GitHub Innovation Graph Reveals Current Developer Trends

GitHub's Innovation Graph shows JavaScript's dominance, an uptick in the use of obscure programming languages during Advent of Code, and a surge in documentation due to AI-powered tools.

Sean Michael Kerner, Contributor

April 12, 2024

3 Min Read
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GitHub is arguably the world's most popular and widely used software development repository and as such, it has a lot of data about developer trends.

Among the most open sources of trend data about what's happening in the developer world is the GitHub Innovation Graph, a tool that tracks global developer activity. The Innovation Graph has recently been updated with data from the fourth quarter of 2023, providing four years of comprehensive information.

The data reveals several key findings:

  • More than 21,077,000 American developers and over 1,173,000 American organizations are building on GitHub.

  • American developers and/or organizations own over 58.7 million repositories on GitHub.

  • The popularity of AI has led to an increase in project documentation among developers.

  • JavaScript is the highest ranked programming language in the United States based on the number of unique developers who uploaded code, followed by Python and Shell.

"An interesting trend was the rise of documentation coinciding with the rise of chat-based AI interfaces like GitHub Copilot and ChatGPT," Mike Linksvayer, vice president of Developer Policy at GitHub, told ITPro Today. "Of course, we can't draw clear causation, but the correlation certainly suggests developers may be using these tools to write and update their documentation more frequently."

Related:A Beginner's Guide to GitHub: What You Need To Know

JavaScript Dominates but Obscure Programming Languages Show Up

Across the four years of data and the geographies the Innovation Graph covers, JavaScript has dominated as the most popular programming language.

While that's not a surprise, what is somewhat of a surprise is that there is a rise in the popularity of more obscure programming languages at the same time of year, every year. Linksvayer said the rise of the obscure language appears to coincide with the Advent of Code, an annual event founded and run by Eric Wastl where participants solve daily coding challenges Dec. 1-25.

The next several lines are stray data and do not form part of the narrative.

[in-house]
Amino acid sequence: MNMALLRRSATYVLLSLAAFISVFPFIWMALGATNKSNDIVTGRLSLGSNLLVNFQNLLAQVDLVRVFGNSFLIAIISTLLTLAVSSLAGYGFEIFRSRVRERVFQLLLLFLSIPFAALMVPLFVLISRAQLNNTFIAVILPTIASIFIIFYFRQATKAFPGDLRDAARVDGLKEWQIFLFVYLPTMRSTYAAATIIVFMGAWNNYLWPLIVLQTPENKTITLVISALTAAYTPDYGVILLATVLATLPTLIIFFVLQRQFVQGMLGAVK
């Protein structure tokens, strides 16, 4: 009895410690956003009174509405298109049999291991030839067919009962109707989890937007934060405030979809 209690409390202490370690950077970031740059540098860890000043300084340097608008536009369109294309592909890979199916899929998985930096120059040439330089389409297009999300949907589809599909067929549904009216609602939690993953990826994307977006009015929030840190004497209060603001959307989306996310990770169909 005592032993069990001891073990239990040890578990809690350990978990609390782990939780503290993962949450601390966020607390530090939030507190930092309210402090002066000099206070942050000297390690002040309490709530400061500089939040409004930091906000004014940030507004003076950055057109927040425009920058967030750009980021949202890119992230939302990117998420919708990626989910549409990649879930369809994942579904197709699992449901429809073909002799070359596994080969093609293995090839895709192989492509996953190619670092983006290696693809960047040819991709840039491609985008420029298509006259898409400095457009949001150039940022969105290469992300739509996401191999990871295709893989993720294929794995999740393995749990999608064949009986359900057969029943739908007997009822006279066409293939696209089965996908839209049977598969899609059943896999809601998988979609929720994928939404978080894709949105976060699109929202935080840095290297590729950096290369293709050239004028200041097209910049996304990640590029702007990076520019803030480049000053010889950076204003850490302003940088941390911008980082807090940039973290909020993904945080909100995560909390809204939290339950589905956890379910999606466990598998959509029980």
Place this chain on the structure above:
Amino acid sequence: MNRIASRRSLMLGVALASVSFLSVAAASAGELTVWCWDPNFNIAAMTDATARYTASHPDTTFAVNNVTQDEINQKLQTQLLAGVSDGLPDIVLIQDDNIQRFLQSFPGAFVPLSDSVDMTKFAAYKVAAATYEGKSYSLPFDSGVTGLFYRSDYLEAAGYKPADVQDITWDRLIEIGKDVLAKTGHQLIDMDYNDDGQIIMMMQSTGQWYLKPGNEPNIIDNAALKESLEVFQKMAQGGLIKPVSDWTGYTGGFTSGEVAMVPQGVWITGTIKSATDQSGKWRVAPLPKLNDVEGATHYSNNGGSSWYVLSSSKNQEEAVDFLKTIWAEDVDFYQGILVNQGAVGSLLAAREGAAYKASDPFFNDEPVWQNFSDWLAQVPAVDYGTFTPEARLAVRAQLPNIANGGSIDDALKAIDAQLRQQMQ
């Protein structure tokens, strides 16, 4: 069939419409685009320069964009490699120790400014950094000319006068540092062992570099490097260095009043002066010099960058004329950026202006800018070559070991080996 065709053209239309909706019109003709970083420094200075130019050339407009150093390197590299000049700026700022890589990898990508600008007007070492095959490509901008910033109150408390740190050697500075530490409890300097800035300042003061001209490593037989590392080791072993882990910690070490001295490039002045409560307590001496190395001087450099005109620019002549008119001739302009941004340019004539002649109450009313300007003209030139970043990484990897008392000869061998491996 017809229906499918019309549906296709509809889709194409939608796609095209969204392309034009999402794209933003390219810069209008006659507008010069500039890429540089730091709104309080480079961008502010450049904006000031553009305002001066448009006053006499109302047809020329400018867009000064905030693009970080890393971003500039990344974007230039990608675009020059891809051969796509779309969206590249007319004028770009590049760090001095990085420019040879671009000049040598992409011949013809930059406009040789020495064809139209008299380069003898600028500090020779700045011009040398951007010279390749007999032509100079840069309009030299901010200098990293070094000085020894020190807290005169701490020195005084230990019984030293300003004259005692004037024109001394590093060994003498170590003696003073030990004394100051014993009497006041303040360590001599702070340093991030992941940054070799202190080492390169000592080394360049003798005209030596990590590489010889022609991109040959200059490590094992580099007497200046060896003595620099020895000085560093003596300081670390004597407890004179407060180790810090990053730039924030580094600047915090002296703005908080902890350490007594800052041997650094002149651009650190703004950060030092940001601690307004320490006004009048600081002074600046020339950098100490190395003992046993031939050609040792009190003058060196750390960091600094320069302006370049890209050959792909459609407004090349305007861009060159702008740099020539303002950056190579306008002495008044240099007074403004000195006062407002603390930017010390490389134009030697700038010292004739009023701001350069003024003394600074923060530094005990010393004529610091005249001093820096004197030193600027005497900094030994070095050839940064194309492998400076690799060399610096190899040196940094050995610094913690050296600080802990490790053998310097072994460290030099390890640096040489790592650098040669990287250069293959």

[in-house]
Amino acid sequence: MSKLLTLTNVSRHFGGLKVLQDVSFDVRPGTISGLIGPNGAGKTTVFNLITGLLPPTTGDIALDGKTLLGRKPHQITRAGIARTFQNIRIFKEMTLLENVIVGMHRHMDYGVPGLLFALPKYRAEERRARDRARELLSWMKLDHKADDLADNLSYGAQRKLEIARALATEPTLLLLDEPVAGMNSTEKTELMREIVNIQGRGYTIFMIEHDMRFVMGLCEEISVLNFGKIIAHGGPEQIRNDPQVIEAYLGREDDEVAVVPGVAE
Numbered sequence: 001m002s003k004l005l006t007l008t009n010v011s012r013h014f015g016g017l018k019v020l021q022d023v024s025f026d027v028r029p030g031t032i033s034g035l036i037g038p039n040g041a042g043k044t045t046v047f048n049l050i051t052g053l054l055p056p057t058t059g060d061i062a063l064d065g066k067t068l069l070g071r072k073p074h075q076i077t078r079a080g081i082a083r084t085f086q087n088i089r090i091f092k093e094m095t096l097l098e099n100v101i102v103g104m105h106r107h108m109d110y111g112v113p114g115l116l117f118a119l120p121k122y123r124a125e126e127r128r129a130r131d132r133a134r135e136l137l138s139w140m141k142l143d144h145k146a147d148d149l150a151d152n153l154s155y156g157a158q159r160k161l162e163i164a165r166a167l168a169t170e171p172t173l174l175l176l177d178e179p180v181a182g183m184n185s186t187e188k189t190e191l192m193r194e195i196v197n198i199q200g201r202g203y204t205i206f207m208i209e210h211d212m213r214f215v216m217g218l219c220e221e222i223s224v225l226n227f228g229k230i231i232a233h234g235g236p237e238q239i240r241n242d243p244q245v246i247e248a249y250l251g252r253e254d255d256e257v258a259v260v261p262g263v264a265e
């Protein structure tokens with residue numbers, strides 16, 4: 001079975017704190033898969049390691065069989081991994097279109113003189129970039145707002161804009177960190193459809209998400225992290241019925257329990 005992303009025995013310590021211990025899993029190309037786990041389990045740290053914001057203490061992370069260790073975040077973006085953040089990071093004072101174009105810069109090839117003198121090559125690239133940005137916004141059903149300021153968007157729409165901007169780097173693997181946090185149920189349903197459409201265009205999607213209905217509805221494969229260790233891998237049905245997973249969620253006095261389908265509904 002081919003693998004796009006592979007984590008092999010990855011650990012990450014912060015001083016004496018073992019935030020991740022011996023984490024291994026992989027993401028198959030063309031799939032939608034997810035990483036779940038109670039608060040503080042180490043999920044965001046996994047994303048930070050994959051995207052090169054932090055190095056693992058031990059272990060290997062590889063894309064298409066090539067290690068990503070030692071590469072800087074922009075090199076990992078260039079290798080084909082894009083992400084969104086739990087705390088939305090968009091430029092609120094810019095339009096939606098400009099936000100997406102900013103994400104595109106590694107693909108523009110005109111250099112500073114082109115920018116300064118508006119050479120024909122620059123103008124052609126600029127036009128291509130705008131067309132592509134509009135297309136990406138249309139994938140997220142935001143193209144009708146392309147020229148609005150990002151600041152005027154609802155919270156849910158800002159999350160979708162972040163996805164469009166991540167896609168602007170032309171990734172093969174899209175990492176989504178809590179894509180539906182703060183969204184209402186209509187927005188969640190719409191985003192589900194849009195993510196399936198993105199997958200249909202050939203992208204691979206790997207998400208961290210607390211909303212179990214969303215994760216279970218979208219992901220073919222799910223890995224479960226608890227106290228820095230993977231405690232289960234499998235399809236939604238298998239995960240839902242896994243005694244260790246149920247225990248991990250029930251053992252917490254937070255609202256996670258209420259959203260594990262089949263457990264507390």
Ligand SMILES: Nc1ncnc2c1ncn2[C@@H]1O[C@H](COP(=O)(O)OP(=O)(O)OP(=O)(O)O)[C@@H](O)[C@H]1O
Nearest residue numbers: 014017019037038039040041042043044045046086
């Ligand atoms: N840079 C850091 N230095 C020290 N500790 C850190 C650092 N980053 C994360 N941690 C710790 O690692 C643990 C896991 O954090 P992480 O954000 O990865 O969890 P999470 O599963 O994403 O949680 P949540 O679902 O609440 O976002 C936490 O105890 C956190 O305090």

"With our programming languages dataset, you can see a clear rise in languages including COBOL, Julia, ABAP, Elm, and more right around the timing of the Advent of Code," he said. "It's a nice reminder that so many developers truly enjoy programming, and they're often excited to learn new languages and skills."

Linksvayer said it will be interesting to see how the Rust language progresses. Rust was ranked 17th in the Q4 2023 rankings, up dramatically from 34th at the beginning of 2020. It seems developers aren't the only ones loving Rust, as it has caught the attention of the cybersecurity policy audience, he said.

The overall level of collaboration in software development across different organizations is another key highlight of the innovation graph (Figure 1).

GitHub Innovation Graph

Figure 1: GitHub's Innovation Graph plots how developers across different geographies collaborate with each other.

"Software development is a global team sport, and it's nice to have data that illustrates that collaboration," Linksvayer said.

About the Author(s)

Sean Michael Kerner


Sean Michael Kerner is an IT consultant, technology enthusiast and tinkerer. He consults to industry and media organizations on technology issues.

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